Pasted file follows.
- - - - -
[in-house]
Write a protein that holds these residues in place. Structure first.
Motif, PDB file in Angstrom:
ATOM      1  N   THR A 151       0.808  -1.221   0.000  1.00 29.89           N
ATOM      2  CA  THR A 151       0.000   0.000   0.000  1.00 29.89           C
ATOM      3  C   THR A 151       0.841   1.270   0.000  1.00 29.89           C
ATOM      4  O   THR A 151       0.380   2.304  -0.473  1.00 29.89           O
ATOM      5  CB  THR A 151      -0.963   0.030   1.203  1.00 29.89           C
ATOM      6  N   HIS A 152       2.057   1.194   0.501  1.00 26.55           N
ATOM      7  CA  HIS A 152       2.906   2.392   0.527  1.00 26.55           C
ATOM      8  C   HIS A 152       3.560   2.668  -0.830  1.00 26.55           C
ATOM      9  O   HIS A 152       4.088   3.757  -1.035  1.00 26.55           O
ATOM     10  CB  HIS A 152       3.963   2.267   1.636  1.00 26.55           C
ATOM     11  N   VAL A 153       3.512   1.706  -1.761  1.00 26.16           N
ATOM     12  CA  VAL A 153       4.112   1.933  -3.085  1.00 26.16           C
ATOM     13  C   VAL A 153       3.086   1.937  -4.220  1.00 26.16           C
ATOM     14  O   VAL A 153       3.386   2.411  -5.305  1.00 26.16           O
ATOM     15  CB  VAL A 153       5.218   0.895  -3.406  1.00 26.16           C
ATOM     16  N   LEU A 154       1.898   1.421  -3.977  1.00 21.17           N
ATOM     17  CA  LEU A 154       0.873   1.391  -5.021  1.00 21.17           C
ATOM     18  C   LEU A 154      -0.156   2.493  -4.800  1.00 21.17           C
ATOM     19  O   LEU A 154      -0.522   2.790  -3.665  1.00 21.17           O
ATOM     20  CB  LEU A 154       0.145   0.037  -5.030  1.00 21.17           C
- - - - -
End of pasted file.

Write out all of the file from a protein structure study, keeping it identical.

[in-house]
Write a protein that holds these residues in place. Structure first.
Motif, PDB file in Angstrom:
ATOM      1  N   THR A 151       0.808  -1.221   0.000  1.00 29.89           N
ATOM      2  CA  THR A 151       0.000   0.000   0.000  1.00 29.89           C
ATOM      3  C   THR A 151       0.841   1.270   0.000  1.00 29.89           C
ATOM      4  O   THR A 151       0.380   2.304  -0.473  1.00 29.89           O
ATOM      5  CB  THR A 151      -0.963   0.030   1.203  1.00 29.89           C
ATOM      6  N   HIS A 152       2.057   1.194   0.501  1.00 26.55           N
ATOM      7  CA  HIS A 152       2.906   2.392   0.527  1.00 26.55           C
ATOM      8  C   HIS A 152       3.560   2.668  -0.830  1.00 26.55           C
ATOM      9  O   HIS A 152       4.088   3.757  -1.035  1.00 26.55           O
ATOM     10  CB  HIS A 152       3.963   2.267   1.636  1.00 26.55           C
ATOM     11  N   VAL A 153       3.512   1.706  -1.761  1.00 26.16           N
ATOM     12  CA  VAL A 153       4.112   1.933  -3.085  1.00 26.16           C
ATOM     13  C   VAL A 153       3.086   1.937  -4.220  1.00 26.16           C
ATOM     14  O   VAL A 153       3.386   2.411  -5.305  1.00 26.16           O
ATOM     15  CB  VAL A 153       5.218   0.895  -3.406  1.00 26.16           C
ATOM     16  N   LEU A 154       1.898   1.421  -3.977  1.00 21.17           N
ATOM     17  CA  LEU A 154       0.873   1.391  -5.021  1.00 21.17           C
ATOM     18  C   LEU A 154      -0.156   2.493  -4.800  1.00 21.17           C
ATOM     19  O   LEU A 154      -0.522   2.790  -3.665  1.00 21.17           O
ATOM     20  CB  LEU A 154       0.145   0.037  -5.030  1.00 21.17           C